Bemis asks Portland to modify plan for 180-foot structure atop Gresham Butte
Gresham's mayor is asking the mayor of Portland to withdraw a proposal for a 180-foot tall emergency communications tower on Gresham Butte.
The proposed tower would replace a 40-foot high emergency communications tower on land owned by the city of Portland in the 1100 block of Southwest Blaine Court.
The location is on the southeast side of Gresham Butte, but the tower there now is obscured by far taller trees. It is estimated that the top third of the replacement tower, or about 60 feet, would be visible above the treeline.
The 1.35-acre site that Portland owns on Gresham Butte is one of 15 such locations that make up the Portland Public Safety Radio System.
In its proposal, the city of Portlands Bureau of Technology Services stated that a higher tower is needed to provide better emergency communications to first responders, including police, fire and 9-1-1 dispatchers throughout Multnomah County who provide critical public safety dispatch communications.
A new higher tower could fix dead zones in East Multnomah County, particularly near the Sandy River and on the south sides of local buttes that radio waves from the existing 21-year-old tower can't reach.
It also will provide better overall communications as the public safety system moves to fully digital communications.
On May 7, Gresham Mayor Shane Bemis sent a letter to Portland Mayor Charles Hales requesting modifications to the proposal in order to avoid "substantial aesthetic blight."
"The location is visible from many areas of the city, including Gresham's Historic Downtown and emerging Civic Neighborhood," Bemis wrote. "Gresham's iconic buttes and natural areas are a source of great pride in the community, and our residents have been very supportive of efforts to protect these treasured landmarks from unsightly development."
Bemis goes on to request that Hales direct the Bureau of Emergency Communications to withdraw its proposal in favor of working with residents and city representatives "to find a solution that both facilitates vital emergency communications and protects our natural vistas. ... Given the chance, I am very confident that we can work collaboratively to find a viable solution."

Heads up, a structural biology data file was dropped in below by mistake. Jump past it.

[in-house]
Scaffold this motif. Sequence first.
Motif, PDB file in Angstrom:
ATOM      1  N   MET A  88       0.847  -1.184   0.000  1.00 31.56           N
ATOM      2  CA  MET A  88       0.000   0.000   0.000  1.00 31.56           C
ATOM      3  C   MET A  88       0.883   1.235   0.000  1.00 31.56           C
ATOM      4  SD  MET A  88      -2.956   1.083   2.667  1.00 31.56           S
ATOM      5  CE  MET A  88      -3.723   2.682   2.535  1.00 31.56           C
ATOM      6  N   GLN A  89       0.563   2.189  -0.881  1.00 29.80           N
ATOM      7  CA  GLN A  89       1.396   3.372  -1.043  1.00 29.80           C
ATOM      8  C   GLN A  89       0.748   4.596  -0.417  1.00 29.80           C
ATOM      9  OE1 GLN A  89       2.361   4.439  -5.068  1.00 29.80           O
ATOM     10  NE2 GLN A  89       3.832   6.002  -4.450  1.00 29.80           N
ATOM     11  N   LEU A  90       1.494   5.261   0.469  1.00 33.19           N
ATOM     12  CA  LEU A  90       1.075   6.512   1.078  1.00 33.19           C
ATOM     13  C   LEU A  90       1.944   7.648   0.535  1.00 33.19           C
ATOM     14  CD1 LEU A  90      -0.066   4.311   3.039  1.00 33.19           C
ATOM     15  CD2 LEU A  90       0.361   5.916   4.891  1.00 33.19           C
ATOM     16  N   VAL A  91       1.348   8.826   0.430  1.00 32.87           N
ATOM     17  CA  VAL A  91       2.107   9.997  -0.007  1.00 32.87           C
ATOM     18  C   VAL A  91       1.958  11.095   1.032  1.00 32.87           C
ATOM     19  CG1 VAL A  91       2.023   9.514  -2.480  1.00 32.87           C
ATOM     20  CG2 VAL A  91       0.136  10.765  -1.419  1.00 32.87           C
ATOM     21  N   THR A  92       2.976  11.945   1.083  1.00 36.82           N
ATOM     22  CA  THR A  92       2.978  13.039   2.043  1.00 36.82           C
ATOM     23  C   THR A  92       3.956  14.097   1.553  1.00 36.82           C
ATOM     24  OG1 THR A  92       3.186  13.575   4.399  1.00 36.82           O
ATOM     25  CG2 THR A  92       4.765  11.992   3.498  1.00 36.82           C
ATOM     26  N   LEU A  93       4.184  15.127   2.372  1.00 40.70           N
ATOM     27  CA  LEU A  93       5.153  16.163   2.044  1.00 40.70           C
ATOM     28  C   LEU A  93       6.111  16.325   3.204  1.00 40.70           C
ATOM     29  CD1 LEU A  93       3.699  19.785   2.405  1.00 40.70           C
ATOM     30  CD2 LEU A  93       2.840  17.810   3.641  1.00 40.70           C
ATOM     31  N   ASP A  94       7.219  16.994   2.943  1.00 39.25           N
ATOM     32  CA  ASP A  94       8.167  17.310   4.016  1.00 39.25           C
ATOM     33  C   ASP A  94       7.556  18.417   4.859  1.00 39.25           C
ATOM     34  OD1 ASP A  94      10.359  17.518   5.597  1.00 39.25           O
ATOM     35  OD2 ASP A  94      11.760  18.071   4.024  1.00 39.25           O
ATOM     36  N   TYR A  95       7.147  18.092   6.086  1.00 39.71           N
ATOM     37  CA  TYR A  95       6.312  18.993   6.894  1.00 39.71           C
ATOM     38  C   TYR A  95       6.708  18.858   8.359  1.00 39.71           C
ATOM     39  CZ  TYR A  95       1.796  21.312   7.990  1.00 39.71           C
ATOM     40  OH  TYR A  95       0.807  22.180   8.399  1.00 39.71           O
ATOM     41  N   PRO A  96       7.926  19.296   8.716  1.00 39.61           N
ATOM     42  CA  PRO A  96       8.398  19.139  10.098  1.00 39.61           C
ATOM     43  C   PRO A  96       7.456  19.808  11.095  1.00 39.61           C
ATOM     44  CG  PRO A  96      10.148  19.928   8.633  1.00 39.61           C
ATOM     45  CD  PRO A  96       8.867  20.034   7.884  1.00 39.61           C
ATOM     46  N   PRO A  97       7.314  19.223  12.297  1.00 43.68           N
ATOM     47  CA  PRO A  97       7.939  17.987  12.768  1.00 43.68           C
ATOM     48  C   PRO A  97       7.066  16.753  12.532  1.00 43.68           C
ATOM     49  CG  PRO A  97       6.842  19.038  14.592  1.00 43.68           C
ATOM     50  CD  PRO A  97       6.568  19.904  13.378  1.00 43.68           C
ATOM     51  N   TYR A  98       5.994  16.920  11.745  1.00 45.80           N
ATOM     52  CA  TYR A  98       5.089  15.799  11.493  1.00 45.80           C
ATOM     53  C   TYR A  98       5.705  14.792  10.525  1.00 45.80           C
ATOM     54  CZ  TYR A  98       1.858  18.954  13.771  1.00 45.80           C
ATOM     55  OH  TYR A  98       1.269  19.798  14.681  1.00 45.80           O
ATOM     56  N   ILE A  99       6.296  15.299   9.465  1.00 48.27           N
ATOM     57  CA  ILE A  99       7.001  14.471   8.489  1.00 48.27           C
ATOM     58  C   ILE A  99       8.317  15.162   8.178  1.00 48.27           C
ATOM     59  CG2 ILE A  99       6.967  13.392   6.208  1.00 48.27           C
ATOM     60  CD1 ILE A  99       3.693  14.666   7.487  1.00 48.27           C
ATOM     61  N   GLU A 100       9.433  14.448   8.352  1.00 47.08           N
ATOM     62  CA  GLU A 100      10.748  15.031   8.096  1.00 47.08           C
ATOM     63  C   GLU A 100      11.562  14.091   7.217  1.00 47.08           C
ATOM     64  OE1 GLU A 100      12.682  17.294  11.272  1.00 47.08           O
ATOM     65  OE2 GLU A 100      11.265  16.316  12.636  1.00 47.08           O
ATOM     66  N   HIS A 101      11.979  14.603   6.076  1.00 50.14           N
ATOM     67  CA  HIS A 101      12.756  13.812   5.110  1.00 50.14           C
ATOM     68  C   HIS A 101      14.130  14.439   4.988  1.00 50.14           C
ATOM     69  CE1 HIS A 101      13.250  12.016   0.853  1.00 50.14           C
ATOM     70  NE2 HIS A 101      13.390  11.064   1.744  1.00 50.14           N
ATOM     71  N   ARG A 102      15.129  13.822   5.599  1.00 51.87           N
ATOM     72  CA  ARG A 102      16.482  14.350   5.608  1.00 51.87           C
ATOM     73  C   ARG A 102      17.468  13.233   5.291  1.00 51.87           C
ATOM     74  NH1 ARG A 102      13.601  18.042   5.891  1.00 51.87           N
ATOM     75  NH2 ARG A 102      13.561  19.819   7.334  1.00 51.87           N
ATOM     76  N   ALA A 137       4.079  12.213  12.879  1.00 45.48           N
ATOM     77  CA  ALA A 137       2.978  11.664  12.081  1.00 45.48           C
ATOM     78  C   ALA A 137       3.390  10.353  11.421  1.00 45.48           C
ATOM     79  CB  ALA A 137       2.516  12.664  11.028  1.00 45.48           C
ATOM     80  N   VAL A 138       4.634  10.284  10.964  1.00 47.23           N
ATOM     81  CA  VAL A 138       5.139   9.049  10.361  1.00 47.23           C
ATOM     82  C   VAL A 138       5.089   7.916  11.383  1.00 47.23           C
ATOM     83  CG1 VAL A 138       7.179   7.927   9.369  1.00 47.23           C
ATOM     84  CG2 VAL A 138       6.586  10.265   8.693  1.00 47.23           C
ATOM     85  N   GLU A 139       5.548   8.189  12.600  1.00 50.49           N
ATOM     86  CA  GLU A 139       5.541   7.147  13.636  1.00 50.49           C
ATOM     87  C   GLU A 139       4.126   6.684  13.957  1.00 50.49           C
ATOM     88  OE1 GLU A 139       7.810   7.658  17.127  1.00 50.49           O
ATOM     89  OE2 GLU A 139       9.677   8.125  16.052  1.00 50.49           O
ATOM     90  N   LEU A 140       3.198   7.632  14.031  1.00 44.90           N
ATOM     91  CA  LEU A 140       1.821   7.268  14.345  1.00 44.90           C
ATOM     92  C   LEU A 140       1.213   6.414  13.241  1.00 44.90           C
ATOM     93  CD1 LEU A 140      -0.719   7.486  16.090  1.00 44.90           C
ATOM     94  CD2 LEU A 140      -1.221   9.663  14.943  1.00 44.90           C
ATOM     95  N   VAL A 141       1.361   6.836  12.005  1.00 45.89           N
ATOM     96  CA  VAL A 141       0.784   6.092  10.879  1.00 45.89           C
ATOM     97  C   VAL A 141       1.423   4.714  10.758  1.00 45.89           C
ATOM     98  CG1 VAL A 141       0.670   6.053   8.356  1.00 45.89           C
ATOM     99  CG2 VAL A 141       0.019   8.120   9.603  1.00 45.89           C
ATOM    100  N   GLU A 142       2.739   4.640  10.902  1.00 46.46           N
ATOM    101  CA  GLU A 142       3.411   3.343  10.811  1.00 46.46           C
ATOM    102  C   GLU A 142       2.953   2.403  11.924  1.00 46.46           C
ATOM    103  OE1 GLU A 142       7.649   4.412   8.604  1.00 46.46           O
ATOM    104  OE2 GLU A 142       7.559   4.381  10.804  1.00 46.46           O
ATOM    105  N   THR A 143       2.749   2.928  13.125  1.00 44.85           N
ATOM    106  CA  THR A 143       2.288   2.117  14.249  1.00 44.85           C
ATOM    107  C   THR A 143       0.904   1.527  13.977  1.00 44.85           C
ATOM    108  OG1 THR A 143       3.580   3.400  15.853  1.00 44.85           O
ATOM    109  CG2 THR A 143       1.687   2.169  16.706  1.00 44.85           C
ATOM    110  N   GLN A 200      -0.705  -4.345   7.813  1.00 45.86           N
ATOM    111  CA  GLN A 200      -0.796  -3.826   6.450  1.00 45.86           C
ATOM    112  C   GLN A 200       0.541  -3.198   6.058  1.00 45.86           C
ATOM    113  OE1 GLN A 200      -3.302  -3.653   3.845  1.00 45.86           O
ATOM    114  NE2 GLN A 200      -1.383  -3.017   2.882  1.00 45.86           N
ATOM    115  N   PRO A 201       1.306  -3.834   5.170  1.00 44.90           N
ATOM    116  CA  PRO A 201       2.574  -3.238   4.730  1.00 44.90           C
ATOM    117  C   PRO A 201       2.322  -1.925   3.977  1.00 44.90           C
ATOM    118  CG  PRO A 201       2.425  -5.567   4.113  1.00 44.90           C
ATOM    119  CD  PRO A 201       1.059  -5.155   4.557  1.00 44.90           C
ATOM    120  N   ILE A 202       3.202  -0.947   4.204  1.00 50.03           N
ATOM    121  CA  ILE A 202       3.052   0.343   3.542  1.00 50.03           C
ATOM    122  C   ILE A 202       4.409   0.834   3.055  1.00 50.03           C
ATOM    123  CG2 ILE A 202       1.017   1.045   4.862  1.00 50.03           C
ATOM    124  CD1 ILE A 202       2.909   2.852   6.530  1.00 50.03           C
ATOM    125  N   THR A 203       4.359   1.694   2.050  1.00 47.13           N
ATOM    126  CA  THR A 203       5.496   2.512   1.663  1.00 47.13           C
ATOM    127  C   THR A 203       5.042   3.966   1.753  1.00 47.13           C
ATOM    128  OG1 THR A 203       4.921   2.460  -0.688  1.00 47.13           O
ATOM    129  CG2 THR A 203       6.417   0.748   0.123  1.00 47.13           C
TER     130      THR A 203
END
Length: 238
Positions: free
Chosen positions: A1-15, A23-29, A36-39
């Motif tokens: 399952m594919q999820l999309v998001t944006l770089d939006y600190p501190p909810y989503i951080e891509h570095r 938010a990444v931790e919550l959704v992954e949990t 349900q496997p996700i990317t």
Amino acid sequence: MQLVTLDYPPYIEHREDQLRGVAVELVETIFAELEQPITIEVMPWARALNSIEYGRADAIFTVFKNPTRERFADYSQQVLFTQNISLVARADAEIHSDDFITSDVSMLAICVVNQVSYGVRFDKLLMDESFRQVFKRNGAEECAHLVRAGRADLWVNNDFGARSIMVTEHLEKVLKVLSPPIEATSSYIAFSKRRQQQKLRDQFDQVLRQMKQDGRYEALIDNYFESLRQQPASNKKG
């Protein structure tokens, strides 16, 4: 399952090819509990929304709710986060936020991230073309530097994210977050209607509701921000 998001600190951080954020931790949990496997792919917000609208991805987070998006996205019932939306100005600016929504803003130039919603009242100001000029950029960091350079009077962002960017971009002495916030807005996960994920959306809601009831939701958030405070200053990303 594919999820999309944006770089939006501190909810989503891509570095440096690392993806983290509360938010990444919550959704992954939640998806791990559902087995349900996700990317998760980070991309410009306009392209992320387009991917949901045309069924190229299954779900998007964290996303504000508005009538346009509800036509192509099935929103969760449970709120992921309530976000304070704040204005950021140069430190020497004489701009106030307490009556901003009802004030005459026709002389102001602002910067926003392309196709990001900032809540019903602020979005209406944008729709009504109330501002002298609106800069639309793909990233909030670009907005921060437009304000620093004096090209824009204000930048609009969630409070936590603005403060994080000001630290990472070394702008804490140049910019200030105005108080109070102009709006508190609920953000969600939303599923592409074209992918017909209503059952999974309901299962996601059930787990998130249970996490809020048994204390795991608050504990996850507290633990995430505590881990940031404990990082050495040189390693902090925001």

The mayor weighing in on the issue is good news to Mads Ledet, president of the Gresham Butte Neighborhood Association.
"Everyone wants them (police, fire and other emergency dispatchers) to have good service," he said. "We need to work with Portland to do that, and still protect those things we value about Gresham."
Ledet favors Portland replacing the current tower with more than one tower in multiple locations. He'd rather see three 60-foot towers built than one tower thats more than four times taller than the current one.
But that would drastically drive up the project's cost, which now with just the one tower on land already owned by Portland is estimated at $1 million.
In addition, Ledet is trying to get the project changed from a Type 2 to a Type 3, which would require a public hearing for city planners to determine whether to approve the application. Under the Type 2 process, no such public hearing is required.
A development application for the replacement tower project has yet to be submitted, but a pre-application conference was held in late February.